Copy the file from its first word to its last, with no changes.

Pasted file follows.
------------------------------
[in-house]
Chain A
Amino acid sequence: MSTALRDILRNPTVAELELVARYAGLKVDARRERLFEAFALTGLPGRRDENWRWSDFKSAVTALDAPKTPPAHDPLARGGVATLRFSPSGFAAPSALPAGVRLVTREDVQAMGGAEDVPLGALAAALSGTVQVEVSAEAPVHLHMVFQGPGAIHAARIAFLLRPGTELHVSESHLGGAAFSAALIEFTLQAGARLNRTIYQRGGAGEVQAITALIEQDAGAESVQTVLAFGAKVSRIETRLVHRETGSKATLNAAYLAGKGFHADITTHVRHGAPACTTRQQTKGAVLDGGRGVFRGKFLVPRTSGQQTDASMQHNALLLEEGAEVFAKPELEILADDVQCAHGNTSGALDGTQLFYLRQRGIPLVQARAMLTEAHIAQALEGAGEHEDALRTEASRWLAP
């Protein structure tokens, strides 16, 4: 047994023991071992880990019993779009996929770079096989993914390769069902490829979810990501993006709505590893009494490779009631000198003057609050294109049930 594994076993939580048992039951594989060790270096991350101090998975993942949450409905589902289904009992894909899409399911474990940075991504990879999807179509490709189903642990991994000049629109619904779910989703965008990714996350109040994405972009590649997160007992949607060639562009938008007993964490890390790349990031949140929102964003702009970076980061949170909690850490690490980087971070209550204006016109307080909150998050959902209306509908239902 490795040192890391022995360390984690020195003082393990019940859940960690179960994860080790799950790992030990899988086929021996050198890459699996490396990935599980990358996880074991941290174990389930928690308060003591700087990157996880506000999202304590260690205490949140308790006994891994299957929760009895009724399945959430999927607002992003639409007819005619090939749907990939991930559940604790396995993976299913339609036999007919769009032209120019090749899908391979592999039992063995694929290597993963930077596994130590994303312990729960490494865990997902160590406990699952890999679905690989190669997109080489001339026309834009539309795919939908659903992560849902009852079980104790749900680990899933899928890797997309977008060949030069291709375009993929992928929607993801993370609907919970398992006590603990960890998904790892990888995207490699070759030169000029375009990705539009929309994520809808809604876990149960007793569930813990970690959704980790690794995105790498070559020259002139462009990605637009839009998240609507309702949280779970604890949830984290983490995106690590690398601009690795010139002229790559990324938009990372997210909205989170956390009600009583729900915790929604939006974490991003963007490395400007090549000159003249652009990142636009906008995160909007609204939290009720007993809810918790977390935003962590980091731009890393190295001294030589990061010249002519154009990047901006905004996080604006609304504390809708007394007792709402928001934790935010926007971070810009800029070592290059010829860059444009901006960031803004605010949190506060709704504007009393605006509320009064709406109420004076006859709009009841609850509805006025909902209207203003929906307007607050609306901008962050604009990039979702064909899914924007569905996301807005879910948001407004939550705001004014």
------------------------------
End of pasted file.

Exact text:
[in-house]
Chain A
Amino acid sequence: MSTALRDILRNPTVAELELVARYAGLKVDARRERLFEAFALTGLPGRRDENWRWSDFKSAVTALDAPKTPPAHDPLARGGVATLRFSPSGFAAPSALPAGVRLVTREDVQAMGGAEDVPLGALAAALSGTVQVEVSAEAPVHLHMVFQGPGAIHAARIAFLLRPGTELHVSESHLGGAAFSAALIEFTLQAGARLNRTIYQRGGAGEVQAITALIEQDAGAESVQTVLAFGAKVSRIETRLVHRETGSKATLNAAYLAGKGFHADITTHVRHGAPACTTRQQTKGAVLDGGRGVFRGKFLVPRTSGQQTDASMQHNALLLEEGAEVFAKPELEILADDVQCAHGNTSGALDGTQLFYLRQRGIPLVQARAMLTEAHIAQALEGAGEHEDALRTEASRWLAP
């Protein structure tokens, strides 16, 4: 047994023991071992880990019993779009996929770079096989993914390769069902490829979810990501993006709505590893009494490779009631000198003057609050294109049930 594994076993939580048992039951594989060790270096991350101090998975993942949450409905589902289904009992894909899409399911474990940075991504990879999807179509490709189903642990991994000049629109619904779910989703965008990714996350109040994405972009590649997160007992949607060639562009938008007993964490890390790349990031949140929102964003702009970076980061949170909690850490690490980087971070209550204006016109307080909150998050959902209306509908239902 490795040192890391022995360390984690020195003082393990019940859940960690179960994860080790799950790992030990899988086929021996050198890459699996490396990935599980990358996880074991941290174990389930928690308060003591700087990157996880506000999202304590260690205490949140308790006994891994299957929760009895009724399945959430999927607002992003639409007819005619090939749907990939991930559940604790396995993976299913339609036999007919769009032209120019090749899908391979592999039992063995694929290597993963930077596994130590994303312990729960490494865990997902160590406990699952890999679905690989190669997109080489001339026309834009539309795919939908659903992560849902009852079980104790749900680990899933899928890797997309977008060949030069291709375009993929992928929607993801993370609907919970398992006590603990960890998904790892990888995207490699070759030169000029375009990705539009929309994520809808809604876990149960007793569930813990970690959704980790690794995105790498070559020259002139462009990605637009839009998240609507309702949280779970604890949830984290983490995106690590690398601009690795010139002229790559990324938009990372997210909205989170956390009600009583729900915790929604939006974490991003963007490395400007090549000159003249652009990142636009906008995160909007609204939290009720007993809810918790977390935003962590980091731009890393190295001294030589990061010249002519154009990047901006905004996080604006609304504390809708007394007792709402928001934790935010926007971070810009800029070592290059010829860059444009901006960031803004605010949190506060709704504007009393605006509320009064709406109420004076006859709009009841609850509805006025909902209207203003929906307007607050609306901008962050604009990039979702064909899914924007569905996301807005879910948001407004939550705001004014």